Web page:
After nearly two years on the job, Interior Secretary Ryan Zinke is moving on. President Trump announced over the weekend that Zinke — whose department oversees 500 million acres of federal land and has a wide range of environmental and land-management responsibilities — will leave the administration at the end of the year. A new secretary will be announced this week, the president tweeted.
Many environmental activists celebrated the news. “Ryan Zinke will go down as the most anti-conservation Interior secretary in our nation’s history,” said Jennifer Rokala of the Center for Western Priorities. Chris Saeger of Western Values Project called Zinke’s tenure “a disaster for public lands of historic proportions.” Democrats in Congress likewise cheered Zinke’s exit. “The swamp cabinet will be a little less foul without him,” tweeted Sen. Chuck Schumer (D. New York).
As interior secretary, Zinke generated more than his share of controversy. He oversaw a contentious review of national monument designations, promoted Trump’s “energy dominance” agenda, and scaled back several Obama-era regulations — and along the way he encountered strong resistance. Zinke has also been the focus of several ethics investigations, which he has called “meritless and false claims” and “vicious and politically motivated attacks” on his character.
But despite all the furor and controversy, Zinke’s legacy includes several lesser-known initiatives that will have positive lasting effects on conservation and public lands. And even some of Zinke’s most controversial policy actions — from monument reductions to regulatory rollbacks — were largely mischaracterized and exaggerated by environmentalists and the media.
A former Navy SEAL and one-term congressman from Montana, Zinke was an intriguing choice for interior secretary. He was known more for his military experience than his environmental credentials, though he branded himself a Teddy Roosevelt–style conservationist. On his first day as secretary, Zinke famously rode to work on horseback.
“The rough riders have arrived in Interior,” Zinke later told me. “There’s a lot of anger and resentment out West that our voice isn’t being heard.” He sought to grant more decision-making authority to the “troops in the field” so they could “make decisions that are more collaborative and locally driven, rather than having to go to D.C. for a decision of whether to clean a toilet or not.”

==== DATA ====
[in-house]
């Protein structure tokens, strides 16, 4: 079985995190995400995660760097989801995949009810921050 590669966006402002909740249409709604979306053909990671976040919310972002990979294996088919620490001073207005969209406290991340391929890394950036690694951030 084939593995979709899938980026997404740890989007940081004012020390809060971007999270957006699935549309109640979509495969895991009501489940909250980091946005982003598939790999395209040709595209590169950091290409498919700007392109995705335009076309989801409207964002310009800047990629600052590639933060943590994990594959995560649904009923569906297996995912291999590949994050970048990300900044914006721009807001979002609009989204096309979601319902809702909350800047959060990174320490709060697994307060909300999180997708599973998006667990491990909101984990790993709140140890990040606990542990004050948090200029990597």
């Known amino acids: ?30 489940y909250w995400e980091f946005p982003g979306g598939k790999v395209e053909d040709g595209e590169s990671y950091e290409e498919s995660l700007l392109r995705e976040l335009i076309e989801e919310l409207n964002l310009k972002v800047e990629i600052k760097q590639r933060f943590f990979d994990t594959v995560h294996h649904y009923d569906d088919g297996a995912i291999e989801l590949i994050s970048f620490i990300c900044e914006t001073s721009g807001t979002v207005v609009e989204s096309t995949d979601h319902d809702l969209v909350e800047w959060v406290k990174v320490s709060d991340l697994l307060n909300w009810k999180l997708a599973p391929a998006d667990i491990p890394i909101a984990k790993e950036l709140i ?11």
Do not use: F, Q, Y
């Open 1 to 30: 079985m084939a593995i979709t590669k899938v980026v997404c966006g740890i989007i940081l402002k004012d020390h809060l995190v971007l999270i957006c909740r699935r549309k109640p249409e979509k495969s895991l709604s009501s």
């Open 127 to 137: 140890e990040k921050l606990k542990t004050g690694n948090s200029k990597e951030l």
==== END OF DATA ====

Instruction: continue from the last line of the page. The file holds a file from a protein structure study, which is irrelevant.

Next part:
Zinke made some meaningful progress in this area. He led a bipartisan effort to address the $12 billion national-park maintenance backlog and grant park managers more authority to address critical needs on their own. He spearheaded an initiative to work with states and private landowners to protect wildlife corridors. He put forth regulatory reforms to the Endangered Species Act that will better align incentives for states and landowners to recover imperiled species. And he embarked on an ambitious reorganization of the Interior Department — which comprises 70,000 employees spread across eight bureaus and 46 regions — to reduce bureaucracy and shift more decision-making power out of Washington, D.C., and closer to the front lines.
Yet the popular narrative of Zinke portrayed by environmentalists and the press often overlooked these efforts, focusing instead on his regulatory reforms. The media’s characterization of these changes gives the impression that the secretary carried out a radical and seismic shift in public-land policy and conservation protections during his tenure — or, as one outlet put it, a “full-scale assault” on public lands.
That narrative, however, is mostly overblown. Zinke did seek to dial back many of the more far-reaching regulatory efforts of the Obama administration, but the changes were not as significant or as radical as the media often portrayed, and many sought to reverse actions implemented during the final months of Obama’s presidency.